During a California divorce, a couple will identify and divide their shared or community assets. In addition, they may need to develop custody and support terms. Sometimes, parties may need more information to make informed decisions about these and other case issues. Depending on the circumstances, one or both may decide to serve discovery for this purpose. So, what is discovery in a California divorce?
Mandatory Declaration of Disclosure
Under California law, parties to a divorce are required to disclose certain financial information by exchanging mandatory declaration of disclosure forms. Both parties are expected to complete the form (California Judicial Council Form FL-140) accurately so that they can have full knowledge of their shared assets and obligations. While the form may require relevant financial information, a party may need further details and additional documents. In this instance, the individual may need to use discovery to obtain the necessary information.
What is Discovery in a California Divorce?
Discovery refers to specific methods parties can use to request and obtain documents and details from each other in a legal case. When information is obtained through discovery in a California divorce, it may be admissible in court. Not all information is discoverable, however. For instance, privileged and irrelevant information will not usually be available during discovery.
Types of Discovery in a California Divorce
Several types of discovery may be used in a California divorce case. For example, a party may choose to use some or all of the following forms of discovery:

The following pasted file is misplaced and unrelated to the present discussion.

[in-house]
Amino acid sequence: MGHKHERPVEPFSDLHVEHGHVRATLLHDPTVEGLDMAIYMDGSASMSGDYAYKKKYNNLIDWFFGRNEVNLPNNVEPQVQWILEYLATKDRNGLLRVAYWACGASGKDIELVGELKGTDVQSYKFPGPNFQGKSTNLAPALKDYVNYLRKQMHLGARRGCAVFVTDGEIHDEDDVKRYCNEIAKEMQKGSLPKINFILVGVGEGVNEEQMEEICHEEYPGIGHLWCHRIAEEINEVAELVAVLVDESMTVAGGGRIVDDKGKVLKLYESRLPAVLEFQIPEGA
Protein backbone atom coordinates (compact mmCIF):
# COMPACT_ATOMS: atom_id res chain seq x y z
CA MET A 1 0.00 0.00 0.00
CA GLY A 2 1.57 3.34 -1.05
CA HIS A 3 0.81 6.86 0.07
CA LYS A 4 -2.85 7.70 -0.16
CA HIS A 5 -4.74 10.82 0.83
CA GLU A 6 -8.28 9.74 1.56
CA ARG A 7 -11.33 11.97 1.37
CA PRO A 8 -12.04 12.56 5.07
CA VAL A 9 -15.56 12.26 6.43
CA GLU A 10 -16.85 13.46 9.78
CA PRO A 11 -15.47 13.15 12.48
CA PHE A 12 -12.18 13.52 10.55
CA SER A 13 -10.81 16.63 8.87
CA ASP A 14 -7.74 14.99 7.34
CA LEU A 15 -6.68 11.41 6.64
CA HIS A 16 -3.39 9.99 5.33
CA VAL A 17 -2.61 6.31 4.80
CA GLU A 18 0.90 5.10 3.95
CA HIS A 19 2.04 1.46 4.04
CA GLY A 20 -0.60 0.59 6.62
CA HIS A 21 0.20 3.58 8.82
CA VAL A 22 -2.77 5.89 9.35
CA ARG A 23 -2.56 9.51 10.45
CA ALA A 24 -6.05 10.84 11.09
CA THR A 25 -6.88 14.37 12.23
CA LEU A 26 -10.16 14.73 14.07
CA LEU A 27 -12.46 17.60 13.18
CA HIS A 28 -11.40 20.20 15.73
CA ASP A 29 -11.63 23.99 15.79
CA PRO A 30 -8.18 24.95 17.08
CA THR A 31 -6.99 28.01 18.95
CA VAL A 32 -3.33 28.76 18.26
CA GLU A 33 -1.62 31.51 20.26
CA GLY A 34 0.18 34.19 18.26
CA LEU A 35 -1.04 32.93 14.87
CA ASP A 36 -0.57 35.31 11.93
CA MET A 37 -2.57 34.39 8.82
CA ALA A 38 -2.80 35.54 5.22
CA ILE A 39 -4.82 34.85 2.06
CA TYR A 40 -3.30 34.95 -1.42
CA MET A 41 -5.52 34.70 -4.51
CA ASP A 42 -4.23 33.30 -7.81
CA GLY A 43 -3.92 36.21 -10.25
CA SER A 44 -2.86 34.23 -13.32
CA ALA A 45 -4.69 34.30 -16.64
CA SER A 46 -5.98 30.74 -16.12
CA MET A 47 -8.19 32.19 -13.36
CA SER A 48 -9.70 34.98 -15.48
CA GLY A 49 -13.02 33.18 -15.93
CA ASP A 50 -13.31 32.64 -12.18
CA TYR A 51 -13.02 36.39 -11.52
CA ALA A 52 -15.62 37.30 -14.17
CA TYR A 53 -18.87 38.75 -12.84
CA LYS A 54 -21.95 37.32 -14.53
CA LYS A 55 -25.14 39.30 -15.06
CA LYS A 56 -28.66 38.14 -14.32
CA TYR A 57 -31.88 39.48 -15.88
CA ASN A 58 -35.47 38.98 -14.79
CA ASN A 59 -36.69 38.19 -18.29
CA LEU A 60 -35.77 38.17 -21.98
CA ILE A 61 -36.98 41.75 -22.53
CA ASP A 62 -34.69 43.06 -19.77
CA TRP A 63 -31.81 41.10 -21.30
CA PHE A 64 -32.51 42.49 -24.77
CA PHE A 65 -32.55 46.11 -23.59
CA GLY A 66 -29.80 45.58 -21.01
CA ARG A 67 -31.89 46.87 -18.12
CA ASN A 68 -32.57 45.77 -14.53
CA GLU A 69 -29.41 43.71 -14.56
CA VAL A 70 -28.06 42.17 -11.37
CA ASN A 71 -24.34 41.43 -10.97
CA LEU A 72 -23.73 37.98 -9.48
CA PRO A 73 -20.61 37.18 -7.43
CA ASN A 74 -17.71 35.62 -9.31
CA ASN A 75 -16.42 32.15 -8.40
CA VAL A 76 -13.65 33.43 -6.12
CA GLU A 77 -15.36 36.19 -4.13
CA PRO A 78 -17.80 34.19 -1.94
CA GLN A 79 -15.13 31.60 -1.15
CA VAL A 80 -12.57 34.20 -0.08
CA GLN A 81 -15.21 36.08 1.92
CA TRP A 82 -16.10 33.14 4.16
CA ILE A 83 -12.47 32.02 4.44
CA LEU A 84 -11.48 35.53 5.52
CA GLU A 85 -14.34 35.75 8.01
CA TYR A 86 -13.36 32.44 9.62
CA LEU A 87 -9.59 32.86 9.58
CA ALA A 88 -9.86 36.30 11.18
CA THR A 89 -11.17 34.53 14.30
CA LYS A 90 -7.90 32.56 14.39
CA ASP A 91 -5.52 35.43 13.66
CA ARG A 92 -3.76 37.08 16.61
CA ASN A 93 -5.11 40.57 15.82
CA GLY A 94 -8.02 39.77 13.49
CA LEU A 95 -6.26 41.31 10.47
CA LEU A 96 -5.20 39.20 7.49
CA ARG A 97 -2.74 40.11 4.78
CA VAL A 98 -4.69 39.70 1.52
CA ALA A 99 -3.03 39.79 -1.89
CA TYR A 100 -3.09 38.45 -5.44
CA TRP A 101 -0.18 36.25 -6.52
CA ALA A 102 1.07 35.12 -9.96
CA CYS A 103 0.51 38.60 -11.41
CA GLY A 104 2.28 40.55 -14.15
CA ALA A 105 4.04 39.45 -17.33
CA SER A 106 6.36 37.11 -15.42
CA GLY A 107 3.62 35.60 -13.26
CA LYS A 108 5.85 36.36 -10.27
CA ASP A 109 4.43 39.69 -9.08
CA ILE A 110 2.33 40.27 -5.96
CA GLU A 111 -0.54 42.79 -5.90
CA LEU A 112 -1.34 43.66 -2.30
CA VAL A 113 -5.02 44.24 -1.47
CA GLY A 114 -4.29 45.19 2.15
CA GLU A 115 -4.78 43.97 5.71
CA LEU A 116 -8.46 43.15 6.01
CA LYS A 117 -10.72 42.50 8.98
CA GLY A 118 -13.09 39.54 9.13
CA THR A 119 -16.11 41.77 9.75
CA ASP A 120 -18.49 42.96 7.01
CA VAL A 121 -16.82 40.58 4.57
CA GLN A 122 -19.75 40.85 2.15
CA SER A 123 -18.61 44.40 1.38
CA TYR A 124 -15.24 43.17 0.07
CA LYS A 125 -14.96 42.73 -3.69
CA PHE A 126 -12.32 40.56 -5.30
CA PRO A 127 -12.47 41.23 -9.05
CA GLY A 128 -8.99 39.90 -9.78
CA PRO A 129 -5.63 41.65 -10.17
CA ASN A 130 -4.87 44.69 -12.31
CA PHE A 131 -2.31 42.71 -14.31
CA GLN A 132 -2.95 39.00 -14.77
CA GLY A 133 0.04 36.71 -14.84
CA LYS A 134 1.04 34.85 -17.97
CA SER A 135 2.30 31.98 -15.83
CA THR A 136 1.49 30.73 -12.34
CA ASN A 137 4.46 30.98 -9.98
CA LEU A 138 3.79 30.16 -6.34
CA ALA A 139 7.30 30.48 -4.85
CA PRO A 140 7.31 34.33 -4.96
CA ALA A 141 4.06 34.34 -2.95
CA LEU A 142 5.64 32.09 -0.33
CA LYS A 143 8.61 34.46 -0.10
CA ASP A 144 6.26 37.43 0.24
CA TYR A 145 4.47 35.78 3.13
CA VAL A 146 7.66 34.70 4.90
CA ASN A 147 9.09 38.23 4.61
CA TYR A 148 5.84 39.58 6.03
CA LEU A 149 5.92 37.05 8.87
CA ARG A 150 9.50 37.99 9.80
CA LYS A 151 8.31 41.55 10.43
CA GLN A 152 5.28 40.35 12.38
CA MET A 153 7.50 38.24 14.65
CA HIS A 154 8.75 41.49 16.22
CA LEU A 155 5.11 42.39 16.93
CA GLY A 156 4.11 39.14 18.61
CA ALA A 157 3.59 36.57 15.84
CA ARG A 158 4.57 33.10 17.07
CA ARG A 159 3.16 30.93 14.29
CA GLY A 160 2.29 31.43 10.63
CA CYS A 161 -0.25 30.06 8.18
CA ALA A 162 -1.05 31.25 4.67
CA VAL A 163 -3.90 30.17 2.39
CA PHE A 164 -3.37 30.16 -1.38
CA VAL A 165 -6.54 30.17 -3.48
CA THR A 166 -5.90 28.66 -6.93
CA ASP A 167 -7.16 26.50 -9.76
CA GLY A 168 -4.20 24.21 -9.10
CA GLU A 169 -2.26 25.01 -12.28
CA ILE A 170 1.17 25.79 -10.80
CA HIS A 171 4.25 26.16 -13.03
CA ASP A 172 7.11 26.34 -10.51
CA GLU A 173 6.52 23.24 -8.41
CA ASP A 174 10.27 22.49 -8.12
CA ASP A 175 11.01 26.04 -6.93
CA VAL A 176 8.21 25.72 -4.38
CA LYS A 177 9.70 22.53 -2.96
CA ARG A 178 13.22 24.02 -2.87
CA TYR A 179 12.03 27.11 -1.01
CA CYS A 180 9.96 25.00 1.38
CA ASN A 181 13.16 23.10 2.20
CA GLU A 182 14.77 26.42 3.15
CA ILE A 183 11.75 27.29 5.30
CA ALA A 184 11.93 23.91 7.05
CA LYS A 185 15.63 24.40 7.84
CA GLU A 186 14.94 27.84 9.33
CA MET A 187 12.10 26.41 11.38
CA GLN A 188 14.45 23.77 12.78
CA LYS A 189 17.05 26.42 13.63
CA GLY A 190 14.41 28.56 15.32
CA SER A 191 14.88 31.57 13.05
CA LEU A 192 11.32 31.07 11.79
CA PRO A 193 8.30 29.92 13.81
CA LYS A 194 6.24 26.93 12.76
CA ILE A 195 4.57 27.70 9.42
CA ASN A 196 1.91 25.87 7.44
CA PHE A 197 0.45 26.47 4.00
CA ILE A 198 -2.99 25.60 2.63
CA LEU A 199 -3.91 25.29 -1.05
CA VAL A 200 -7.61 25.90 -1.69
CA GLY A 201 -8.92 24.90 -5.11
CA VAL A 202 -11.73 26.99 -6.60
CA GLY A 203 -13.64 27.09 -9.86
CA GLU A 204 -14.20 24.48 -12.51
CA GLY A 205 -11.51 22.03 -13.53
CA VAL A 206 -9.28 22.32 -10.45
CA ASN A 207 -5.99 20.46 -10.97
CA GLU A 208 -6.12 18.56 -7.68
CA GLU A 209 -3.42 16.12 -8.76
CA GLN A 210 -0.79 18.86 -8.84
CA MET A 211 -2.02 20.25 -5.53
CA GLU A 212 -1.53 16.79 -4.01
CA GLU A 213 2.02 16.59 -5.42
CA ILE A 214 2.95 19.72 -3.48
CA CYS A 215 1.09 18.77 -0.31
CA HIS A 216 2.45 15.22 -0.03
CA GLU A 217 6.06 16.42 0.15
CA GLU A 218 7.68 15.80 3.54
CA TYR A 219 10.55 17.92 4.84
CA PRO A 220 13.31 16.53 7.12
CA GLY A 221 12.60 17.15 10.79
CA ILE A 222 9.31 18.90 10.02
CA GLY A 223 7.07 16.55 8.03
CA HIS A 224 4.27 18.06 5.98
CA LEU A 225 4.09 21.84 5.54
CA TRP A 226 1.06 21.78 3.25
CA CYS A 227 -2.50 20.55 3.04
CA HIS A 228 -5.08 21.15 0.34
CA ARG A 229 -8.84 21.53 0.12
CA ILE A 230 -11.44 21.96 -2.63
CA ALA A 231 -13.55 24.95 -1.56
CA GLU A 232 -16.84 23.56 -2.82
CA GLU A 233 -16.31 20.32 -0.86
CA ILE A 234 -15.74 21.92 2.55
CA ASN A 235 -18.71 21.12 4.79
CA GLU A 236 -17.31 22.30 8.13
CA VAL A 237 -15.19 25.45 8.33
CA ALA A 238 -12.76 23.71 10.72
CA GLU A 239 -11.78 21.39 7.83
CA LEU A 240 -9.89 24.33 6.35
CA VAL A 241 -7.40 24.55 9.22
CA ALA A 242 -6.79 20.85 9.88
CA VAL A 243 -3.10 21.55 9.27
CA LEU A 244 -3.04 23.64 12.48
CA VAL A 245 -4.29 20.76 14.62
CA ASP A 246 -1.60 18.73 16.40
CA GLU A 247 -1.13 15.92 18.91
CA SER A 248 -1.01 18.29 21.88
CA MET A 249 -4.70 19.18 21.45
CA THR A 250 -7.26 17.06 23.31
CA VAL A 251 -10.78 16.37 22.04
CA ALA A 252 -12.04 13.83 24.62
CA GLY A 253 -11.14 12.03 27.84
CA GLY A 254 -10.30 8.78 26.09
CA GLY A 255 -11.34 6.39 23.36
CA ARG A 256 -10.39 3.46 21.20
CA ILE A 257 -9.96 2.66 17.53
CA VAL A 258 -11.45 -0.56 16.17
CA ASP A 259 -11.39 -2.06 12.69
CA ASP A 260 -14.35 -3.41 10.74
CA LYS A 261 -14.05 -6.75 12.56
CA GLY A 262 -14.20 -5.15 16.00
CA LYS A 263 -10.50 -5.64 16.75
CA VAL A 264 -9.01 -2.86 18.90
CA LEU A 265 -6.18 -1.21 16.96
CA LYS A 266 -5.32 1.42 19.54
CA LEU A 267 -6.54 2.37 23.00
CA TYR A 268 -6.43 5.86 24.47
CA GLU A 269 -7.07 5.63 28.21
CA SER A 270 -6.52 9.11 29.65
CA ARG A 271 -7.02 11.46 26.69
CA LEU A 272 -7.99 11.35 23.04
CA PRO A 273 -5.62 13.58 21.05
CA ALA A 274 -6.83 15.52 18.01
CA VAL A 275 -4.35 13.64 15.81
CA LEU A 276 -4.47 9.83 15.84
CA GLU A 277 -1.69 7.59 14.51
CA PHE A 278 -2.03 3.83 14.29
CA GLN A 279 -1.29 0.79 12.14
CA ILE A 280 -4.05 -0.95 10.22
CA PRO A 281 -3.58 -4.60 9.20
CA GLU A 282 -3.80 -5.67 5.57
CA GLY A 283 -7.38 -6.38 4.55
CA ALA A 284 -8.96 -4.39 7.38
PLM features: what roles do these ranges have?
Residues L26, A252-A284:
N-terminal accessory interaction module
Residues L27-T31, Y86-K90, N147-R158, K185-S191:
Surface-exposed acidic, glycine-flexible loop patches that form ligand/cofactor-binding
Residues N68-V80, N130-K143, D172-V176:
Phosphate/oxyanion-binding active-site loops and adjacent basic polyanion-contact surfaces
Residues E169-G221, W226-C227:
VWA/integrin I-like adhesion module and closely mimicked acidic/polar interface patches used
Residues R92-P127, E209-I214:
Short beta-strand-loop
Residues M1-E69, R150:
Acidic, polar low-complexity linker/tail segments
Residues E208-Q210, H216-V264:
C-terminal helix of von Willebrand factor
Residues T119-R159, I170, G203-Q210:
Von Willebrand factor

- Interrogatories: Interrogatories are inquiries (questions) that one party can send to the other to get specific information in writing. Form interrogatories are standardized prepopulated questions that have been prepared by the state court system. Special interrogatories are specifically created inquiries that are outside of the form interrogatory questions.
- Admissions: A request for admissions are inquiries that require a party to admit or deny certain facts. When a party fails to admit or deny these statements within the time provided under the law, they can be deemed to be admitted.
- Production of Documents and Things: A request for production of documents or things is a request for a party to give the other certain documents or items that pertain to the case. In a California divorce, these typically include information such as financial account statements, pay information, and tax returns.
- Subpoenas: A subpoena is an official document approved by a court that requires the recipient to appear at a certain time and place. Subpoenas may also require the recipient to bring certain documents with them.
- Depositions: A deposition is a meeting during which the deponent is asked to provide answers under oath. The questions are usually asked by attorneys in a professional setting such as an office. The deposition will usually be recorded by a court reporter or via video.
- Other Forms of Discovery: A party may also serve other forms of discovery, such as a request to inspect property or for someone to undergo a physical or mental evaluation. They may also require an expert witness disclosure.
Depending on the facts and complexity of the issues, discovery may or may not be necessary for a California divorce. The best way to evaluate your California divorce and the likelihood of discovery is by consulting with an experienced California divorce lawyer. Your California divorce attorney can help you prepare and evaluate the mandatory disclosure forms in your case and determine if you need to obtain further information through discovery.
Contact an Experienced California Divorce Attorney
If you have questions regarding an upcoming California divorce, you should meet with a California divorce attorney as soon as possible to discuss the matter. Your divorce lawyer can help you evaluate your case and plan for your needs today and in the future.
The attorneys at the Law Offices of Judy L. Burger are experienced California divorce attorneys who can help you during and after your case. We assist clients along California’s Northern to Southern Coast, including San Francisco, Beverly Hills, Marin, San Jose, Gold River, San Diego, Santa Barbara, Ventura/Oxnard, and surrounding communities. Call us at 415-293-8314 to schedule a private appointment or visit our website.